By Marilyn Yalom
We all know that the queen is the main dominant piece in chess, yet few humans comprehend that the sport existed for 5 hundred years with no her. It wasn't till chess grew to become a favored hobby for eu royals throughout the center a long time that the queen was once born and was once steadily empowered to turn into the king's fierce warrior and protector.Birth of the Chess Queen examines the 5 centuries among the chess queen's timid emergence within the early days of the Holy Roman Empire to her elevation through the reign of Isabel of Castile. Marilyn Yalom, encouraged by way of a handful of surviving medieval chess queens, lines their foundation and unfold from Spain, Italy, and Germany to France, England, Scandinavia, and Russia. In a full of life and interesting old research, Yalom attracts parallels among the increase of the chess queen and the ascent of girl sovereigns in Europe, proposing a layered, interesting background of medieval courts and inner struggles for strength.
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Extra info for Birth of the Chess Queen: A History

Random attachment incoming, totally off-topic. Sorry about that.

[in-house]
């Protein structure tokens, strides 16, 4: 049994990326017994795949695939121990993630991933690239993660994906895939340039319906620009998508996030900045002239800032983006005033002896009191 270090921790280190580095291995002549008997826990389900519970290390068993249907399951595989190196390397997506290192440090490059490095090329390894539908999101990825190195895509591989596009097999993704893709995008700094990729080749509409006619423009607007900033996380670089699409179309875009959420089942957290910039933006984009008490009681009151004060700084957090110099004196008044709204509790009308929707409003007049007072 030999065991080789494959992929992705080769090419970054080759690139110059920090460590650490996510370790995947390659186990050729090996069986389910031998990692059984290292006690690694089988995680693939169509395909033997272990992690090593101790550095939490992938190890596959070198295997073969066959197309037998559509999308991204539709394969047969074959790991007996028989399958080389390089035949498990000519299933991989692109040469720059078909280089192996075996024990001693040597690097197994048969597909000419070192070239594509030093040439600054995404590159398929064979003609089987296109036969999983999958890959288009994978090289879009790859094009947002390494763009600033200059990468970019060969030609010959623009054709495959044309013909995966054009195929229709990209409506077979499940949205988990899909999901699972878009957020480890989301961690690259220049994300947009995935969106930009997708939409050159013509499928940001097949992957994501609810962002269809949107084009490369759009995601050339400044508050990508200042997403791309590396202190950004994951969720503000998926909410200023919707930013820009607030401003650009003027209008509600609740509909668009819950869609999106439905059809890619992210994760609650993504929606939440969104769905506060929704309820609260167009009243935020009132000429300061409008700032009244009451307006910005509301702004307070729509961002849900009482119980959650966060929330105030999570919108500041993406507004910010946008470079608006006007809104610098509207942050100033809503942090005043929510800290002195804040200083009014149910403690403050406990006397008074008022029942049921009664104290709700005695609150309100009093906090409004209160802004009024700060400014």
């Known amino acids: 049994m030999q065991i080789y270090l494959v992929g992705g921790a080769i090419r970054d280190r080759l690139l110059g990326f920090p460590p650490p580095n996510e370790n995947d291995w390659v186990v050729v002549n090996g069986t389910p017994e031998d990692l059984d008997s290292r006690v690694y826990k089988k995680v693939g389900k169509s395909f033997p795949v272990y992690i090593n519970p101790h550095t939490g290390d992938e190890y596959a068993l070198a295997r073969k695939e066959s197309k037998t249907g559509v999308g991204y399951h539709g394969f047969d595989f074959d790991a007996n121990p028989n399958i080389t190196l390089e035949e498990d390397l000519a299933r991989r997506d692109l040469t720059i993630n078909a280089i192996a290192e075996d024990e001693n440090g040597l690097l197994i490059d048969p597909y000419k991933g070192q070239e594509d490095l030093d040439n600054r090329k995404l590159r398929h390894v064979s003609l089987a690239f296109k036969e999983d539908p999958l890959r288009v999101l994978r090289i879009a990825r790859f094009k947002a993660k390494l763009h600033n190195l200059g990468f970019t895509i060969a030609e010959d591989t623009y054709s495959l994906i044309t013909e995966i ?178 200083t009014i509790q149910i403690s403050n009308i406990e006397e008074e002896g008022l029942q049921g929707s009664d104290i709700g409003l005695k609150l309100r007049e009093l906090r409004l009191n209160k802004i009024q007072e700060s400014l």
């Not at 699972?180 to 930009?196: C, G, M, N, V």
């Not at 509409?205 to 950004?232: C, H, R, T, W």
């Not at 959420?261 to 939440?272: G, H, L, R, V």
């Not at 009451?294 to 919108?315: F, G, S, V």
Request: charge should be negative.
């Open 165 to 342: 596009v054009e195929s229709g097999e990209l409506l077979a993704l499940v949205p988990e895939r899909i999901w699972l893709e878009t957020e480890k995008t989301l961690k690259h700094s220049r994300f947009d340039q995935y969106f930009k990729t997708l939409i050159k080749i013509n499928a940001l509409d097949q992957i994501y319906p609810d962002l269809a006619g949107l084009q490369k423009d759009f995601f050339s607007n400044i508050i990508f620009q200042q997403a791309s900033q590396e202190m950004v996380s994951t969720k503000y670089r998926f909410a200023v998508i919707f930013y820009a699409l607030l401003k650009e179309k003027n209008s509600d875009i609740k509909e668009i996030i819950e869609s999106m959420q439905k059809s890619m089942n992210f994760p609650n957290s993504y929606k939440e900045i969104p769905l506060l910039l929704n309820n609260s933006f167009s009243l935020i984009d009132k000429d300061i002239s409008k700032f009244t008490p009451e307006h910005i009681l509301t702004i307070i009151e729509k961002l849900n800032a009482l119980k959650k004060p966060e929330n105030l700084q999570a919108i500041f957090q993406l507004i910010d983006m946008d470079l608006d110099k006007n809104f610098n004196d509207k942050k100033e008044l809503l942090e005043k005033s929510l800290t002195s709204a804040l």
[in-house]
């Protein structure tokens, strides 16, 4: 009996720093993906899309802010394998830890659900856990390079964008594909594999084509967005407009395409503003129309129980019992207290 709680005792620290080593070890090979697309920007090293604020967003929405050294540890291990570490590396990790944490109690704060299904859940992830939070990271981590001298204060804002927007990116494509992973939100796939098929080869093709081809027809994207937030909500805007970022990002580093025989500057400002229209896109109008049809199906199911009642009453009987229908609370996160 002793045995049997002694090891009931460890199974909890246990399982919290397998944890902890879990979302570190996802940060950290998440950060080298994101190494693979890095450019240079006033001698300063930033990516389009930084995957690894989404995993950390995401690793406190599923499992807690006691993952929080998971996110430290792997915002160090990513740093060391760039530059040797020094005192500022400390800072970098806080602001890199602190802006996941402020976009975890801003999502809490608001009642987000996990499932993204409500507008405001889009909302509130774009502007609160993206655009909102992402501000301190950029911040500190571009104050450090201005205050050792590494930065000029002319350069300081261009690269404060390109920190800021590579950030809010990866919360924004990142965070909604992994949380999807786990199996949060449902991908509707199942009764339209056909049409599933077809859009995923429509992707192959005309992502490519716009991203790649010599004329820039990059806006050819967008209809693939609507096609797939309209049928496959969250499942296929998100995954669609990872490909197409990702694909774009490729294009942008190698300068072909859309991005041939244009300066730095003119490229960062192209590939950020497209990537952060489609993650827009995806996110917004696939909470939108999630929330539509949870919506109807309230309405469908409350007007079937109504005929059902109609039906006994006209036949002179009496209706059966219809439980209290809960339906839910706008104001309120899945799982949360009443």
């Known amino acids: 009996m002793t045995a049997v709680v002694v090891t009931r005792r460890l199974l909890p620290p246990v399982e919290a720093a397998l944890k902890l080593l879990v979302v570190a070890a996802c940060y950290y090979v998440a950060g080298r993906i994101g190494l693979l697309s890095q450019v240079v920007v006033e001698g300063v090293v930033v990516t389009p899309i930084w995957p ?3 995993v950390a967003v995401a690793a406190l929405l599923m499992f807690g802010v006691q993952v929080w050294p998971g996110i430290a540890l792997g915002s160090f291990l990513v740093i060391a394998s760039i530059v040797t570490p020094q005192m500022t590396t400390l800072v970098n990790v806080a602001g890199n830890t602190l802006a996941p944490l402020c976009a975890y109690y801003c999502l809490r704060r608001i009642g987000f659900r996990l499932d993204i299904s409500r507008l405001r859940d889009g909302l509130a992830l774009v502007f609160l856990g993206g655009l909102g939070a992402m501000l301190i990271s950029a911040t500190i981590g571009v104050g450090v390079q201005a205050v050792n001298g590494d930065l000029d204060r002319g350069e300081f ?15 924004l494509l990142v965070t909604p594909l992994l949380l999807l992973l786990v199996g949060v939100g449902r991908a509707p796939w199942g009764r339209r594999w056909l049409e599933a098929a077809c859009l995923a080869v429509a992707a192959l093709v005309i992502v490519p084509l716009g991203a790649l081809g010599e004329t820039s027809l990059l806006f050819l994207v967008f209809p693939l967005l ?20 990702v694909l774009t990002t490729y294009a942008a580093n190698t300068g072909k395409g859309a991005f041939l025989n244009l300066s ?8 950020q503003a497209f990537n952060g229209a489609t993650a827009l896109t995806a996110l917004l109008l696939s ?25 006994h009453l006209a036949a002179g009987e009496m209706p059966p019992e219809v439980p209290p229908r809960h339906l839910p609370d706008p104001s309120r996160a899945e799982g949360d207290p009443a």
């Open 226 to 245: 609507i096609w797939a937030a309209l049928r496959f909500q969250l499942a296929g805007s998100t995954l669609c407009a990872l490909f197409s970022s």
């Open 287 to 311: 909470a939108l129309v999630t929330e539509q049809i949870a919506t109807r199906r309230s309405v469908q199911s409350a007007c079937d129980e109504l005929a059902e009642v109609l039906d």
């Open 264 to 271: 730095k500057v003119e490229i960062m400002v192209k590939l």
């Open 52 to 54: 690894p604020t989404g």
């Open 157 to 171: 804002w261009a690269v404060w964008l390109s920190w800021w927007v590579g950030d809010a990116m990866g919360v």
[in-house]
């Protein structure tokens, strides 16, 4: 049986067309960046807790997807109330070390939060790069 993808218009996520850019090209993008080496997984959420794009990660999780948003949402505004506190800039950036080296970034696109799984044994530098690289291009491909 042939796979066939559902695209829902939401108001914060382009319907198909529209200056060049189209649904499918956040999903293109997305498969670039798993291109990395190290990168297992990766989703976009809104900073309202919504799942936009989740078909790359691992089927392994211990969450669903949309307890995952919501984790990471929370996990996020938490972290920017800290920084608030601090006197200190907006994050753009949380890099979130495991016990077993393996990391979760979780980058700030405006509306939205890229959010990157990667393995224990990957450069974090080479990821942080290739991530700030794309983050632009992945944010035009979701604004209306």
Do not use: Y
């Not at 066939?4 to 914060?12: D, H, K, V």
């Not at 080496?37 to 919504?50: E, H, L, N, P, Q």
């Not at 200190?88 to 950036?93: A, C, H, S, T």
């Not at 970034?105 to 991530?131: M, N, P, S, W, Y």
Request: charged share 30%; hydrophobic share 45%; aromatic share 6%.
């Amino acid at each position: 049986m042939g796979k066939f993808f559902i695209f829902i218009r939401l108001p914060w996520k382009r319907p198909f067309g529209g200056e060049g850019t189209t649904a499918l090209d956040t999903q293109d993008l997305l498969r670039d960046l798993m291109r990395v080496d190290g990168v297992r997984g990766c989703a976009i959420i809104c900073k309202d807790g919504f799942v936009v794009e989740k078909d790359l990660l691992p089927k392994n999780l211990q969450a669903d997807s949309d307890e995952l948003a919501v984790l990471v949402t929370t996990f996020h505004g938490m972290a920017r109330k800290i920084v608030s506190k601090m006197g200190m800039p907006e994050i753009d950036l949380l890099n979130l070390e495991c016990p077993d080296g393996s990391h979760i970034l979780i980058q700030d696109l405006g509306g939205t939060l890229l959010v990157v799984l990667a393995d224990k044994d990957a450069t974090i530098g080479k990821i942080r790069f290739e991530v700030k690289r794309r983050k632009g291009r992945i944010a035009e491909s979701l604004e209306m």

Harûn’s lavish gifts to those who won his favor have become legendary. Hundreds of gold pieces, prized slave girls, silk robes, and even thoroughbred horses were offered by Harûn or his beloved wife, Zubaidah, to lucky members of their entourage. A poet producing verses that touched Harûn’s heart or a chess player unfolding a remarkable combination might become the recipient of a fabulous reward. One of the stories in The Arabian Nights tells how Harûn paid ten thousand dinars for a slave girl known to be a ﬁne chess player.
The two queens belong to a collection of Italian-made chessmen that are housed in the Cabinet of Coins, Medals, and Antiquities at the French National Library. The accompanying kings wear beards and crowns, carry scepters, and, like the queens, are placed inside pavilions with attendants on each side. The single surviving pawn, which is truly a picturesque marvel, has been decisive in dating all the pieces. On the basis of his almond-shaped shield and helmet with a nose guard, the likes of which were worn by Norman foot soldiers circa 1075–1100, art historians have debunked the long-standing belief that the collection was originally owned by Charlemagne (742–814).
In November, exhausted by late childbirth, marital strife, extensive travel, and political upheaval, she died at the age of forty-four and was interred in the Cathedral of Palermo next to her husband and her father. Her son, Frederick, went on to become not only king of Sicily but also Holy Roman Emperor, king of Jerusalem, a sometime enemy of the papacy (which twice excommunicated him), an efﬁcient administrator with new laws codiﬁed under his direction, an Italian poet in the troubadour tradition, the author of a Latin treatise on falconry, a patron of the arts and sciences, and an outstanding chess player.